Amarone Wine...The name “amarone” is synonymous with quality in the wine industry. Originating straight from the heart of Italy, it's one of the world's most popular and highly sought after red wines. Unfortunately, some people are turned away by the price tag associated with this wine. While prices vary depending on the vintage, winery, and who's selling it, a typical bottle ranges anywhere between $60-$100. If you're still on the fence about spending this kind of money on a single bottle of wine, keep reading to learn more about the unique characteristics of amarone wine that make it well worth the investment.
Amarone Grape Content
Unlike most other varieties of fine red wine, amarone is actually produced using three distinct grapes: Corvina (40-70%), Rondinella (20-40%), and Molinara (5-25%). Mixing these three grapes together creates a distinct combination of flavors and aromas that simply aren't found elsewhere, which is one of the attractive elements of this wine.
Vineyard owners allow the Corvina, Rondinella and Molinara grapes to grow until they've reach their peak ripeness, at which point the grapes are harvested into large bundles. Now here's the kicker: amarone is produced by sun-drying the three grapes previously mentioned, allowing them to turn into semi-raisins. While some wineries use their own production/drying methods, the average length of time it takes for amarone grapes to dry in the sun is roughly 120 days, making its production a lengthy, time-consuming process.
Qualities of Amarone Wine
There are several unique qualities of amarone worth noting, one of which is its high alcohol content. Since the grapes are left to 'raisin' in the sun, much of the pulpy organic matter evaporates, leaving behind more sugar. Of course, this sugar is converted into alcohol during the fermentation process. It's not uncommon for the alcohol content of amarone to exceed 15%, which is actually more Italy's legal limit of 14%.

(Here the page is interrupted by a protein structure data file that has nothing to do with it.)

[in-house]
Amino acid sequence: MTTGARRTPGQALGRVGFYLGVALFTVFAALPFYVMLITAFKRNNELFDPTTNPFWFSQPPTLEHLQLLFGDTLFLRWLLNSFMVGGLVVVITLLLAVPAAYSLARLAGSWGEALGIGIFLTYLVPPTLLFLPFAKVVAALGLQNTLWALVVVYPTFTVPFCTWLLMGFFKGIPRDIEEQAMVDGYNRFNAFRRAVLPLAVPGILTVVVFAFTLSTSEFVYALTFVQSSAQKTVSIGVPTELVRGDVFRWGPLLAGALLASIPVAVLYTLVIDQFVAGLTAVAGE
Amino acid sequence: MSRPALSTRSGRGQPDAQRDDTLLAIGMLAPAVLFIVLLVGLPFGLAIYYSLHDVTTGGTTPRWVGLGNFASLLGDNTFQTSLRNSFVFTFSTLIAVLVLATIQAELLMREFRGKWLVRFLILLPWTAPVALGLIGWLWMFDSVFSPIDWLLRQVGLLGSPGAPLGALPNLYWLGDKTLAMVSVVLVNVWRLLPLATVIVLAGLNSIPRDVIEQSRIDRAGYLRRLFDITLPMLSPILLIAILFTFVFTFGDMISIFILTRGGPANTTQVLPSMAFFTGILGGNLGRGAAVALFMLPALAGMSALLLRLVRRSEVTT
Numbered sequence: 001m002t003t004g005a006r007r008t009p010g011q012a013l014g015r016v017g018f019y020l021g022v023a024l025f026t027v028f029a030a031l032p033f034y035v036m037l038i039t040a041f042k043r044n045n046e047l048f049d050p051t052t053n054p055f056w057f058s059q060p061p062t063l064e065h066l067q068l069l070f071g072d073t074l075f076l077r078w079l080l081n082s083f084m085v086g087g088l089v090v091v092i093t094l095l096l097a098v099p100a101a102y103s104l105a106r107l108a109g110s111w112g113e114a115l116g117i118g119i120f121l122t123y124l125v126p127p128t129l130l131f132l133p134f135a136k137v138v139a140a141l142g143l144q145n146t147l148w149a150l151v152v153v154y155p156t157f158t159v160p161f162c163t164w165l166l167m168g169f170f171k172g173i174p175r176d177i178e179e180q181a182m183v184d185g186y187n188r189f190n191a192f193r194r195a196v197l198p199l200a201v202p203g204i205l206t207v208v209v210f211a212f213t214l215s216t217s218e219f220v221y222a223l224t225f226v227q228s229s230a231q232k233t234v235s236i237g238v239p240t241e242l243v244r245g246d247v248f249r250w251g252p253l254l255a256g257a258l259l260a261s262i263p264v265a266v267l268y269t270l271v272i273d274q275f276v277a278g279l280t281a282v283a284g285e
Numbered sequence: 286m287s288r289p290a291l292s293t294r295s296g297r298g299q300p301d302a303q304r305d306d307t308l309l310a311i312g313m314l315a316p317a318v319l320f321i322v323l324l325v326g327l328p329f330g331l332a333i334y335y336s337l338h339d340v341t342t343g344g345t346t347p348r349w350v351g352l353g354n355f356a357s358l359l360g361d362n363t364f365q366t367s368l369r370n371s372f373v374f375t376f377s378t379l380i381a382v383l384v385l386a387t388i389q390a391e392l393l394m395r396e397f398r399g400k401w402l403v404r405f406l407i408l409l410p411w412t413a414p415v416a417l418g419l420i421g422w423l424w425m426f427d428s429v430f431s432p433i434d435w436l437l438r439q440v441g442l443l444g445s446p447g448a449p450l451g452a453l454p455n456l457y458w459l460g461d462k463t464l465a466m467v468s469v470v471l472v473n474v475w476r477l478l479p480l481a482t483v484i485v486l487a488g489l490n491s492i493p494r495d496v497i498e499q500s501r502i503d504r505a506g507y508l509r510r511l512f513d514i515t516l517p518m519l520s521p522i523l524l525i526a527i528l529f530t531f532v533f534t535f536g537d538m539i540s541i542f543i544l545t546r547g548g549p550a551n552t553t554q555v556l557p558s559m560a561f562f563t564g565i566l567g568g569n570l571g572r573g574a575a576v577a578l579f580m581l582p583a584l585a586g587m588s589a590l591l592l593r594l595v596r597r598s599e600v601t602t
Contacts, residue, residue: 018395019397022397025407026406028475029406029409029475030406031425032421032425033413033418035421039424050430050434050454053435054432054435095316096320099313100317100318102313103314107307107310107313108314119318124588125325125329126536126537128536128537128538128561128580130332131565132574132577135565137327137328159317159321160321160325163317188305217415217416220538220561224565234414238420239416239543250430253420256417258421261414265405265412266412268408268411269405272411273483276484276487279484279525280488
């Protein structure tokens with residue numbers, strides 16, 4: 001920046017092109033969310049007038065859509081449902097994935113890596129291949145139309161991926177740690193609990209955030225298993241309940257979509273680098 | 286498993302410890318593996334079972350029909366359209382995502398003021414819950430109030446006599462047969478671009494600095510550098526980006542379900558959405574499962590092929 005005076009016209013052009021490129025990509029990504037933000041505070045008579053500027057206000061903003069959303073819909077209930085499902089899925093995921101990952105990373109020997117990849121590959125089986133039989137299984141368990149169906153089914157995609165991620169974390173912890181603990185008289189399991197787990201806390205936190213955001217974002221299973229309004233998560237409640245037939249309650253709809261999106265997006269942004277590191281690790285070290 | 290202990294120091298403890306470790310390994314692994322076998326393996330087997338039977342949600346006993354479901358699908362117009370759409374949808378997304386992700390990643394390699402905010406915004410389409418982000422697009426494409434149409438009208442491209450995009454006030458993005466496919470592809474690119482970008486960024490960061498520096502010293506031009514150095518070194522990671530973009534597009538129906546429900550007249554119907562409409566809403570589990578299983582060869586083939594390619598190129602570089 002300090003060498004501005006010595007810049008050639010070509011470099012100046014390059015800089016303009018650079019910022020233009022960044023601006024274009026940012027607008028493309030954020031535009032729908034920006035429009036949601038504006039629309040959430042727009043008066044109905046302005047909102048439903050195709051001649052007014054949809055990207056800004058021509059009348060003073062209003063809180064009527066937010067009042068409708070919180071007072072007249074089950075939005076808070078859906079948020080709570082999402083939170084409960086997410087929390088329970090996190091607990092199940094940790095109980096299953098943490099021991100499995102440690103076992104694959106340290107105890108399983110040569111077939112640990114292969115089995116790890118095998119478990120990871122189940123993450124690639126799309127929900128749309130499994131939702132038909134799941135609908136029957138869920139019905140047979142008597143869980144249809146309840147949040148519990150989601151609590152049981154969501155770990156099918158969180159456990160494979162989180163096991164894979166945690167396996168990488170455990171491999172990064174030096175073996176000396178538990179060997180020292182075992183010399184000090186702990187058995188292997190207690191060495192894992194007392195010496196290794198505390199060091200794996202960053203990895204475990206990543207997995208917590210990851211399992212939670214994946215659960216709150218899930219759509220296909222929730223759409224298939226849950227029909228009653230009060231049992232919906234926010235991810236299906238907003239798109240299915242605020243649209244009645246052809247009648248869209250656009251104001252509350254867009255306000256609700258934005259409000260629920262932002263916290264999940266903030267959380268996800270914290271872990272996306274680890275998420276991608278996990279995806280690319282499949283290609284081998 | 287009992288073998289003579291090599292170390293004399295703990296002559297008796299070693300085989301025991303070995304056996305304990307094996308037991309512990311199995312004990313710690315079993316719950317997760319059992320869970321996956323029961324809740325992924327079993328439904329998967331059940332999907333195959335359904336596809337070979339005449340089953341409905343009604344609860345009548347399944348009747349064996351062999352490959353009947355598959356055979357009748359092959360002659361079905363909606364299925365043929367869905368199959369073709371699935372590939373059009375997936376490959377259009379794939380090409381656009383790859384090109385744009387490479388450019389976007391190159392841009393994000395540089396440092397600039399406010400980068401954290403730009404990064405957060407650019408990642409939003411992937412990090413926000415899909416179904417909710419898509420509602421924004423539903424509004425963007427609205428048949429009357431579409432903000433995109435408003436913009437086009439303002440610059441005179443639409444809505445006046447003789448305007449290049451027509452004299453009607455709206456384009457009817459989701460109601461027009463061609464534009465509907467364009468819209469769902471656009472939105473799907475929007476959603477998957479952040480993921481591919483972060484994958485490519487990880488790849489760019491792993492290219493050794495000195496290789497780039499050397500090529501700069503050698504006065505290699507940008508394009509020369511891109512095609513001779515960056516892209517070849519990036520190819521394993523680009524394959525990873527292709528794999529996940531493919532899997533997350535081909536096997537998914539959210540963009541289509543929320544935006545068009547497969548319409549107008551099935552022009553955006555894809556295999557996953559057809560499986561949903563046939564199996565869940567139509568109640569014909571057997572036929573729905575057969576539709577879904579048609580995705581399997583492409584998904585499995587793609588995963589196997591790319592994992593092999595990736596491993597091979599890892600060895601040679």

In terms of flavor, amarone wine is a full-bodied red variety with lots of rich, fruitful characteristics. Some of the most commonly reported flavors of amarone include black cherries, plum, dark chocolate, and raspberries. The sweetness of these flavors helps to balance out its high alcohol content, offering a truly unique and equally pleasurable wine-drinking experience.
It's important to note that qualities and characteristics of amarone may vary depending on the particular brand. Some wineries use a different ratio of grapes, fermenting techniques, yeast, filtration, etc. All of these subtle elements affect the final product.
Pairing Amarone Wine
So, what type of food should you pair with amarone wine? Due to its low acidity and heavy body, it's best to pair amarone with equally heavy foods. Filet mignon and lamb chops are two foods which are frequently enjoyed with amarone . This full-bodied red wine naturally compliments the flavors of red meat dishes such as these. With that said, wine pairing should be done based on your personal preference. If you enjoy the combination of a certain wine variety and food, go ahead and pair them!